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    The impact of Autism Spectrum Disorder and alexithymia on judgments of moral acceptability

    Brewer, Rebecca and Marsh, A. and Catmur, C. and Carinale, E. and Stoycos, S. and Cook, Richard and Bird, Geoffrey (2015) The impact of Autism Spectrum Disorder and alexithymia on judgments of moral acceptability. Journal of Abnormal Psychology 124 (3), pp. 589-595. ISSN 0021-843X.

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    Abstract

    One’s own emotional response toward a hypothetical action can influence judgments of its moral acceptability. Some individuals with autism spectrum disorder (ASD) exhibit atypical emotional processing, and moral judgments. Research suggests, however, that emotional deficits in ASD are due to co-occurring alexithymia, meaning atypical moral judgments in ASD may be due to alexithymia also. Individuals with and without ASD (matched for alexithymia) judged the moral acceptability of emotion-evoking statements and identified the emotion evoked. Moral acceptability judgments were predicted by alexithymia. Crucially, however, this relationship held only for individuals without ASD. While ASD diagnostic status did not directly predict either judgment, those with ASD did not base their moral acceptability judgments on emotional information. Findings are consistent with evidence demonstrating that decision-making is less subject to emotional biases in those with ASD.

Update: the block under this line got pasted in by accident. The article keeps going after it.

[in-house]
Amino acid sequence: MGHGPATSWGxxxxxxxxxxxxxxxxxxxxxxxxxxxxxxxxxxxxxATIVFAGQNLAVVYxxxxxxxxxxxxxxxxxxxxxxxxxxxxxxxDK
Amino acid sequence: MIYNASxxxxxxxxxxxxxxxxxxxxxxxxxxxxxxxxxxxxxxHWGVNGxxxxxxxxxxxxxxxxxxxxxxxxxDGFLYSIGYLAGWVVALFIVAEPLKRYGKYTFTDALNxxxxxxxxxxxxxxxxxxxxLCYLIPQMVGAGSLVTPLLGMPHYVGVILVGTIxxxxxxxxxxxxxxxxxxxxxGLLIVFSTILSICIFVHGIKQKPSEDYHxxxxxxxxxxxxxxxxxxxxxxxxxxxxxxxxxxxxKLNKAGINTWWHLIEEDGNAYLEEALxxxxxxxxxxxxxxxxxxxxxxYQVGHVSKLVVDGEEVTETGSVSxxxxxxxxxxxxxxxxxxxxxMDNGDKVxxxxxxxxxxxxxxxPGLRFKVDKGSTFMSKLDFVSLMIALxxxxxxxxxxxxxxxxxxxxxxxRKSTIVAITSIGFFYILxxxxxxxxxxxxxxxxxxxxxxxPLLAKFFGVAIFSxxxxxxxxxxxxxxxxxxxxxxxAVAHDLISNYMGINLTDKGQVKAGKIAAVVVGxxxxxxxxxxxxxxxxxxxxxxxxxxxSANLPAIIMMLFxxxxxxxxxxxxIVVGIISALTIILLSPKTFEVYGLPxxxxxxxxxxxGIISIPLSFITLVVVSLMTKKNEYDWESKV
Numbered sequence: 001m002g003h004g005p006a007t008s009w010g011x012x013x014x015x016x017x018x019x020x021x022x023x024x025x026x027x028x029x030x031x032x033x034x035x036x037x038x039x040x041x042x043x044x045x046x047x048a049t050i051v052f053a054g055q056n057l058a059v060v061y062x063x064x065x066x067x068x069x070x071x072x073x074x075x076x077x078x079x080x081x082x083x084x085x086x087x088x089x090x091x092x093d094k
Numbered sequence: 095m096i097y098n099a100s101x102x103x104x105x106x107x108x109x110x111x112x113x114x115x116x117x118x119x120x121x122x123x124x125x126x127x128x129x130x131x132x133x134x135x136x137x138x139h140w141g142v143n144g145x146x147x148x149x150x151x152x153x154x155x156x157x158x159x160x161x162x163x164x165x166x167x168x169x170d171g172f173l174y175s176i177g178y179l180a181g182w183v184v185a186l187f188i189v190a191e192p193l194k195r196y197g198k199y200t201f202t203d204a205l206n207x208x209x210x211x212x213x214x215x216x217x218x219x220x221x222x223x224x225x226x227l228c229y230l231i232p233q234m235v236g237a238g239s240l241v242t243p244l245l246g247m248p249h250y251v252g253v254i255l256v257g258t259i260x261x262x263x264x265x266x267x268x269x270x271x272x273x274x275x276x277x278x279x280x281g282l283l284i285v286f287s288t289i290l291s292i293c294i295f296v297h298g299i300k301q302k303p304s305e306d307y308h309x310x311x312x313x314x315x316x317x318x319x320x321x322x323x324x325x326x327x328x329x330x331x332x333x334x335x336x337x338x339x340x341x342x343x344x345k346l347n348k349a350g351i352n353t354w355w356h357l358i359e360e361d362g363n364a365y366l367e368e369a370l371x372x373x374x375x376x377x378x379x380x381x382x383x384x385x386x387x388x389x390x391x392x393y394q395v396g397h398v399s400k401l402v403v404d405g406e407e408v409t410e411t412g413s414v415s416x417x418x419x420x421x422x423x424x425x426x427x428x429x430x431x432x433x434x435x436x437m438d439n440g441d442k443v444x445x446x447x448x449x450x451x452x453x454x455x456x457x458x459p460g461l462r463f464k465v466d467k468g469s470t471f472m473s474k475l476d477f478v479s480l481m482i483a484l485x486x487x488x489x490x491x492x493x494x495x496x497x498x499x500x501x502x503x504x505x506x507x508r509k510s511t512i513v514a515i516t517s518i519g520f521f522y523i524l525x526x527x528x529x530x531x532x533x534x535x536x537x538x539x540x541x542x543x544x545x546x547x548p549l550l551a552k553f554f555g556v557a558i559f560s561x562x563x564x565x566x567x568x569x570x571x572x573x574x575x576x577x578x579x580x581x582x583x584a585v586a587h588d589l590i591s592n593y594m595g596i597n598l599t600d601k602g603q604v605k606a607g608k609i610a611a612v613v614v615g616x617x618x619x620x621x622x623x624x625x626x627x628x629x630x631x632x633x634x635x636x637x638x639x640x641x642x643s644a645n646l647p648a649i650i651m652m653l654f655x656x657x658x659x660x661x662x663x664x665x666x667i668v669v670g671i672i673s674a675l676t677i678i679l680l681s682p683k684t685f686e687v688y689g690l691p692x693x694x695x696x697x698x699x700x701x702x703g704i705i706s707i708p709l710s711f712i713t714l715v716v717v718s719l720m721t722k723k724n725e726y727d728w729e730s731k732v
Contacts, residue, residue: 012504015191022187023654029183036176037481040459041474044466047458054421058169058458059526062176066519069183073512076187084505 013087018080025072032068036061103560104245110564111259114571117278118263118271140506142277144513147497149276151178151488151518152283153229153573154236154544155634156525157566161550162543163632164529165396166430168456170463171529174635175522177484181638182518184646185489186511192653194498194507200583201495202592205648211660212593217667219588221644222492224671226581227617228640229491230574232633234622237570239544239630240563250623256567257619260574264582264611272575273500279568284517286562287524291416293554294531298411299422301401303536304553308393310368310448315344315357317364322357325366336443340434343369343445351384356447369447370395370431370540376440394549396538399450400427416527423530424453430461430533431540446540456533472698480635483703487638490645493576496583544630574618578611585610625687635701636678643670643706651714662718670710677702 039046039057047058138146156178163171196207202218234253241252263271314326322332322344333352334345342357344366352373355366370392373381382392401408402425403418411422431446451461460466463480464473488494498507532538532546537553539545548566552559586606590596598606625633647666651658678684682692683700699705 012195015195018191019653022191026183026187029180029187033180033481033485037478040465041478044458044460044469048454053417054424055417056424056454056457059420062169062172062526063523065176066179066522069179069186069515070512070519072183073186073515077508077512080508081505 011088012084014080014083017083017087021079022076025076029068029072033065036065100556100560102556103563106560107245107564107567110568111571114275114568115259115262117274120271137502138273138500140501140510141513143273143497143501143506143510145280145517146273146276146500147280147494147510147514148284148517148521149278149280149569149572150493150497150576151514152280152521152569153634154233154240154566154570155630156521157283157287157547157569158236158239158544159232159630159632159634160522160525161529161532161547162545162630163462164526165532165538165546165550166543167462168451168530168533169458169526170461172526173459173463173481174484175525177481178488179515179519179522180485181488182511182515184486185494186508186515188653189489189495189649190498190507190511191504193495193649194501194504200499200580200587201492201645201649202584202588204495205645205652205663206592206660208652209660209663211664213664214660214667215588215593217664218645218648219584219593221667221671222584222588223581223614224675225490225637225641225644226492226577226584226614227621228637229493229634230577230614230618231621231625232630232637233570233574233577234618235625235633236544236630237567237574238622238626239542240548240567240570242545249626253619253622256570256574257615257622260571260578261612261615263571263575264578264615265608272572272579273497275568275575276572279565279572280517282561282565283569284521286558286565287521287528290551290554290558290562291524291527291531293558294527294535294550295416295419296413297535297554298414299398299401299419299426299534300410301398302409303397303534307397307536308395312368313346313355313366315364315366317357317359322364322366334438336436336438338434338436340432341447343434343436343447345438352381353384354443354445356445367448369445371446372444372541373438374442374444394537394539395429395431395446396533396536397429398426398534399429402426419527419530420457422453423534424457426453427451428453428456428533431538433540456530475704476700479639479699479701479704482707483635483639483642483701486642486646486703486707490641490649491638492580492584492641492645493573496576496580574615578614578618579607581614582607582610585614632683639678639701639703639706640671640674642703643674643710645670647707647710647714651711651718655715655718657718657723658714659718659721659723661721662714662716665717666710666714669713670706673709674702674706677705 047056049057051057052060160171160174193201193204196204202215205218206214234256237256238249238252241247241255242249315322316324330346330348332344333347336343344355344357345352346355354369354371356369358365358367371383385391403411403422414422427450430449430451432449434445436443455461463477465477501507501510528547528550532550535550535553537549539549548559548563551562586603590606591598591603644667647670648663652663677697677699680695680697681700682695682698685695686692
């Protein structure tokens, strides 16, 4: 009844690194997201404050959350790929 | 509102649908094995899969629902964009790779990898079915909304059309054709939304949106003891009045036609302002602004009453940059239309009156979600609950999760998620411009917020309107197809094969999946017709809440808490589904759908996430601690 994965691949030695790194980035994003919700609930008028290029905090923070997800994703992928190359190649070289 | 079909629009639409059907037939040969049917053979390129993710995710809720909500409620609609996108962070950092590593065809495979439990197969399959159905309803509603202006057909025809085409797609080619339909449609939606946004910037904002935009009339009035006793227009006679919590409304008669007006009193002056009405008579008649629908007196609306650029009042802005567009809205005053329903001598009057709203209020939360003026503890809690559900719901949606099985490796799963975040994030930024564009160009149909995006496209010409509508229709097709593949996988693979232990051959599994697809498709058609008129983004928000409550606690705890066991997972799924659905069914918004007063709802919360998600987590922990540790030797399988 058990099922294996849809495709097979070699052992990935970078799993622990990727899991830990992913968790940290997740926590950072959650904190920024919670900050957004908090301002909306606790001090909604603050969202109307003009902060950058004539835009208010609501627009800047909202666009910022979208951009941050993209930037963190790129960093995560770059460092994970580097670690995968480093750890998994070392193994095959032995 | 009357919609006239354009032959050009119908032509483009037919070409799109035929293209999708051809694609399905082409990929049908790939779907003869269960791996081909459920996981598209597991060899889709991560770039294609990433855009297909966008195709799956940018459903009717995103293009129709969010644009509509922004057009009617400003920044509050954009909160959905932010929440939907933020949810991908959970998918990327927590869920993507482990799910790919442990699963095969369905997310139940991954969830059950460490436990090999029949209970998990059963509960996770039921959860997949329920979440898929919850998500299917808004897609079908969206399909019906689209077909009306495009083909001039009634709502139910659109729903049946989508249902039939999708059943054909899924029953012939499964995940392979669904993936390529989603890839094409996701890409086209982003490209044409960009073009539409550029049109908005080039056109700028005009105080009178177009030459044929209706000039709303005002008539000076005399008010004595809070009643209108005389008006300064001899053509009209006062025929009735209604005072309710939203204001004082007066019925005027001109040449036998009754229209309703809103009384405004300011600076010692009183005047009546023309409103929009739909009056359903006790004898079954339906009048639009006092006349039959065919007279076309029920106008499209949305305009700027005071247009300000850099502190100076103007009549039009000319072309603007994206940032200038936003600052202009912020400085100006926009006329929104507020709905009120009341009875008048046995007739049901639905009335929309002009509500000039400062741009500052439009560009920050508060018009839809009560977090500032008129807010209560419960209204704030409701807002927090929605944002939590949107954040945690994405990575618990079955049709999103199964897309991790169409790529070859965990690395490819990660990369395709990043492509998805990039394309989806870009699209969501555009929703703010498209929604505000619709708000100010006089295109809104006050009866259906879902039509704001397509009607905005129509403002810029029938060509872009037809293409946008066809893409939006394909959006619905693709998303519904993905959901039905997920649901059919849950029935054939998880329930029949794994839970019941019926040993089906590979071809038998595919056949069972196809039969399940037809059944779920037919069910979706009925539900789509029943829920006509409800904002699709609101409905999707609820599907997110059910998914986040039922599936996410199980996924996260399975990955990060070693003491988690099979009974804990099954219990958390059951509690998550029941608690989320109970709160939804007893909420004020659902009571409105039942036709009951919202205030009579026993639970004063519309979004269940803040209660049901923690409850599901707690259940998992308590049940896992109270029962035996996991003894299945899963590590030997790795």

Metadata

    Item Type: Article
    Additional Information: ©American Psychological Association 201x. This paper is not the copy of record and may not exactly replicate the authoritative document published in the APA journal. Please do not copy or cite without author's permission. The final article is available, upon publication, at the DOI cited above.
    School: Birkbeck Schools and Departments > School of Science > Psychological Sciences
    Depositing User: Dr Richard Cook
    Date Deposited: 22 Feb 2018 14:38
    Last Modified: 22 Feb 2018 14:38
    URI: http://eprints.bbk.ac.uk/id/eprint/21309

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